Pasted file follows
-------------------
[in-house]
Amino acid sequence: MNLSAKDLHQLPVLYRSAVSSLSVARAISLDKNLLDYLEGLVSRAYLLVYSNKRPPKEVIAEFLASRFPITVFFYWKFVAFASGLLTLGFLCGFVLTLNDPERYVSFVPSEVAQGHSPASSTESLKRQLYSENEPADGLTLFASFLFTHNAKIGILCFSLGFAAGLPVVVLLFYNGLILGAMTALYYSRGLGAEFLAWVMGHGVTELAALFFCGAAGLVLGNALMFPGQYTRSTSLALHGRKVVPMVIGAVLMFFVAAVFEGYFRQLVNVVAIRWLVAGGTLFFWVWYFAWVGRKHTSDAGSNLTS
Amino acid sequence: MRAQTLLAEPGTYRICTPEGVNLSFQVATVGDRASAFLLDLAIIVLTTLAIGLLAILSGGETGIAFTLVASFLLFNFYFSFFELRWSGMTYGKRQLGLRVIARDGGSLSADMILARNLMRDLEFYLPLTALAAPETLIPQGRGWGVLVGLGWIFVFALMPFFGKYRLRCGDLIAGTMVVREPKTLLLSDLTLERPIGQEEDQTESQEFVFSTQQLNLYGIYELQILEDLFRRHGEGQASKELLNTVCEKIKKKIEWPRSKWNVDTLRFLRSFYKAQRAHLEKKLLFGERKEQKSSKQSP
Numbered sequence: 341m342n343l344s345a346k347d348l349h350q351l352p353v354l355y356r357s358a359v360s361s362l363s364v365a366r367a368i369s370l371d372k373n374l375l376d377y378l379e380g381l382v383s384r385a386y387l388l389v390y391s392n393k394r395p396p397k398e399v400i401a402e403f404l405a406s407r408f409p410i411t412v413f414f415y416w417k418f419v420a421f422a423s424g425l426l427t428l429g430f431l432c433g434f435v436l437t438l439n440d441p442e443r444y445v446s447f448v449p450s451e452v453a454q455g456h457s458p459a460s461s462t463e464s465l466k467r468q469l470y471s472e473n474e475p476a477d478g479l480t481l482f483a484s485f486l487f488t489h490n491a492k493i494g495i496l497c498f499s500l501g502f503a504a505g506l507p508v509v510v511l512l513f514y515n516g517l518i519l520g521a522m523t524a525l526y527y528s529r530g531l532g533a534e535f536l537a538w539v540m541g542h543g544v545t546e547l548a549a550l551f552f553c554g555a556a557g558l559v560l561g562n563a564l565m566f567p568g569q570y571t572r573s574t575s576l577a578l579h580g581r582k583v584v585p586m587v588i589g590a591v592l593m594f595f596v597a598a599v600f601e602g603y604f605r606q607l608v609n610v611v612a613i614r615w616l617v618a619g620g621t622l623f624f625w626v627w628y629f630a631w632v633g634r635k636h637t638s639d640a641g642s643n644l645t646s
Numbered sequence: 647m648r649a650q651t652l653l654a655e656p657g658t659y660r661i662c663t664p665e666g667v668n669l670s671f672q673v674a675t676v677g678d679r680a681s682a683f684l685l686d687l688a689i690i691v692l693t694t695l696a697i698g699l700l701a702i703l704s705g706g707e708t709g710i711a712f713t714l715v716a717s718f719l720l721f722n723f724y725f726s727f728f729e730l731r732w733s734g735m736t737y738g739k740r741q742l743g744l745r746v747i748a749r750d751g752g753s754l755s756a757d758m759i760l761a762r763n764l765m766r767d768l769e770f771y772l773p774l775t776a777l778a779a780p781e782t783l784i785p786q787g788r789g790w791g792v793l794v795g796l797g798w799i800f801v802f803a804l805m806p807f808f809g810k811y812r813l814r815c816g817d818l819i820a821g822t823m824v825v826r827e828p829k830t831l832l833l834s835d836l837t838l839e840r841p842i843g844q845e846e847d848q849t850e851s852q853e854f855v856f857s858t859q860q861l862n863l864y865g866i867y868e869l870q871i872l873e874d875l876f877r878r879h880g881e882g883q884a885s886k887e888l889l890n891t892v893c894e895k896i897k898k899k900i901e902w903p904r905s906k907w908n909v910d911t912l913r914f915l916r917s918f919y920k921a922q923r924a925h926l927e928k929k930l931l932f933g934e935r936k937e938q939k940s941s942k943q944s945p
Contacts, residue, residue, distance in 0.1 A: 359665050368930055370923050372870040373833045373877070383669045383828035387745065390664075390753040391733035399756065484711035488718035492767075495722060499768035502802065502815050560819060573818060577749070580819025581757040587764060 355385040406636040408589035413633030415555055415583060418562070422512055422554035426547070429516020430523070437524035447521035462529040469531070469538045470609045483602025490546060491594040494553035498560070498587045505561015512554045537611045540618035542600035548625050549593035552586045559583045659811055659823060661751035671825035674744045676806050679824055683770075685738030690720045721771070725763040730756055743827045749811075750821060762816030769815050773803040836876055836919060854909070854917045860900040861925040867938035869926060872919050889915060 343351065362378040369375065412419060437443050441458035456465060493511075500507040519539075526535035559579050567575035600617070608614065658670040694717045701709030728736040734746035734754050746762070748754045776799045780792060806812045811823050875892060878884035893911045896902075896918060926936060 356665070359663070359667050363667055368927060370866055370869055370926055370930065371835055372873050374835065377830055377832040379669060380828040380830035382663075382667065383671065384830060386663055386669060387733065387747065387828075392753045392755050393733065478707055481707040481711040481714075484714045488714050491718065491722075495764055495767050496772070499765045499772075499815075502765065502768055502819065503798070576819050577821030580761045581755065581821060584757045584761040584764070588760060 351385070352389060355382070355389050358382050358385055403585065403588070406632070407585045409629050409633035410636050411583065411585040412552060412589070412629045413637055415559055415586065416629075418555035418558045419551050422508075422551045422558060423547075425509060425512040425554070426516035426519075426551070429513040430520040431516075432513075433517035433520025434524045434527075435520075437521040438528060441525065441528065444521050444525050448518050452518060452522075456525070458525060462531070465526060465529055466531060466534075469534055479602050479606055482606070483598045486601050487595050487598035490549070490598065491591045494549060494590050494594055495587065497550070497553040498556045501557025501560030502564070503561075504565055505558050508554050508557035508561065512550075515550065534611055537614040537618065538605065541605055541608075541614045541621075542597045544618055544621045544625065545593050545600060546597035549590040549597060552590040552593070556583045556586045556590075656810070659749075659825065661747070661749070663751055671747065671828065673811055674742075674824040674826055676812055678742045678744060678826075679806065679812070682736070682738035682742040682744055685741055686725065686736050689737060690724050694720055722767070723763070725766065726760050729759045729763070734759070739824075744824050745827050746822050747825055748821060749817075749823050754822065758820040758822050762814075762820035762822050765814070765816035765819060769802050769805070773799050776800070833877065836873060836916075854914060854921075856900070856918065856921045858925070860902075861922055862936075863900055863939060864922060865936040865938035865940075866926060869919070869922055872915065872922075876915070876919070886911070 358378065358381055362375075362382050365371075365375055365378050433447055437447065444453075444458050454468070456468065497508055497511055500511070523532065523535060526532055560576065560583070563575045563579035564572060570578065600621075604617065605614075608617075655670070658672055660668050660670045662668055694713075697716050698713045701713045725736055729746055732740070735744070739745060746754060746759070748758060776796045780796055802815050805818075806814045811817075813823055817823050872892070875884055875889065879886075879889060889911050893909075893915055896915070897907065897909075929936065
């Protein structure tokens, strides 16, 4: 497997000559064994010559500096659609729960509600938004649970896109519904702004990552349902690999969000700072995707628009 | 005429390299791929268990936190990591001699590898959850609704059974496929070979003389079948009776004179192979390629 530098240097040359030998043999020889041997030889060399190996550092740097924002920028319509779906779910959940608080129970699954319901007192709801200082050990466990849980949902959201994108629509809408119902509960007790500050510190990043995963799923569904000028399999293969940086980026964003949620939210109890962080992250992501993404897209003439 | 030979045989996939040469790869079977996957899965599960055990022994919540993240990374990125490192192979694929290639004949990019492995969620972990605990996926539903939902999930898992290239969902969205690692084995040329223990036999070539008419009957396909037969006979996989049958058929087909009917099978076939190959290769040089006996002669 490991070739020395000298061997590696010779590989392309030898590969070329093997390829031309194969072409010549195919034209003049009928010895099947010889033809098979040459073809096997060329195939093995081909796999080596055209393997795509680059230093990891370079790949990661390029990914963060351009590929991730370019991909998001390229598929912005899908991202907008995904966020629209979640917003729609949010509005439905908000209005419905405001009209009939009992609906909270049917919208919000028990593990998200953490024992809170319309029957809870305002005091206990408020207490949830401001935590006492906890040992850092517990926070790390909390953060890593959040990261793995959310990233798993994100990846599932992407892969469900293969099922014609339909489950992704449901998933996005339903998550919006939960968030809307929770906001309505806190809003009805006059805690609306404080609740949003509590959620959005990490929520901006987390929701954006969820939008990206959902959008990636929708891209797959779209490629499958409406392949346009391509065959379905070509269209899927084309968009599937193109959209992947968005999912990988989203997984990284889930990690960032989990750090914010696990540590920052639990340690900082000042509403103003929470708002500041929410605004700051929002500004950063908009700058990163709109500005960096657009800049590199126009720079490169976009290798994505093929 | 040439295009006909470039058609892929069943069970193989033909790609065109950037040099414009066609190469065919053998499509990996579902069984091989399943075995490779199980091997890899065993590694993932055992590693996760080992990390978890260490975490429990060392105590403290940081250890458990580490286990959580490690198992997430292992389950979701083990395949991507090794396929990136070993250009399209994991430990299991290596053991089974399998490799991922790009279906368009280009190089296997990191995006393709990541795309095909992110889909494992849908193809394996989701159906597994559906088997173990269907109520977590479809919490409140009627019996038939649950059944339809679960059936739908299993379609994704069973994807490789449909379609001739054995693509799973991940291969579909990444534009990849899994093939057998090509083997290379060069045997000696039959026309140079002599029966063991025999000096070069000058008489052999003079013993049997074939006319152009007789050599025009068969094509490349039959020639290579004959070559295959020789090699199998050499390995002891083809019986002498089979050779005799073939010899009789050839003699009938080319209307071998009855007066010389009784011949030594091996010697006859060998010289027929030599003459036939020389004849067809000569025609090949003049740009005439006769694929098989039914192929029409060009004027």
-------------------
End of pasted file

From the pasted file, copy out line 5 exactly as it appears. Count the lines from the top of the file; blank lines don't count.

Numbered sequence: 647m648r649a650q651t652l653l654a655e656p657g658t659y660r661i662c663t664p665e666g667v668n669l670s671f672q673v674a675t676v677g678d679r680a681s682a683f684l685l686d687l688a689i690i691v692l693t694t695l696a697i698g699l700l701a702i703l704s705g706g707e708t709g710i711a712f713t714l715v716a717s718f719l720l721f722n723f724y725f726s727f728f729e730l731r732w733s734g735m736t737y738g739k740r741q742l743g744l745r746v747i748a749r750d751g752g753s754l755s756a757d758m759i760l761a762r763n764l765m766r767d768l769e770f771y772l773p774l775t776a777l778a779a780p781e782t783l784i785p786q787g788r789g790w791g792v793l794v795g796l797g798w799i800f801v802f803a804l805m806p807f808f809g810k811y812r813l814r815c816g817d818l819i820a821g822t823m824v825v826r827e828p829k830t831l832l833l834s835d836l837t838l839e840r841p842i843g844q845e846e847d848q849t850e851s852q853e854f855v856f857s858t859q860q861l862n863l864y865g866i867y868e869l870q871i872l873e874d875l876f877r878r879h880g881e882g883q884a885s886k887e888l889l890n891t892v893c894e895k896i897k898k899k900i901e902w903p904r905s906k907w908n909v910d911t912l913r914f915l916r917s918f919y920k921a922q923r924a925h926l927e928k929k930l931l932f933g934e935r936k937e938q939k940s941s942k943q944s945p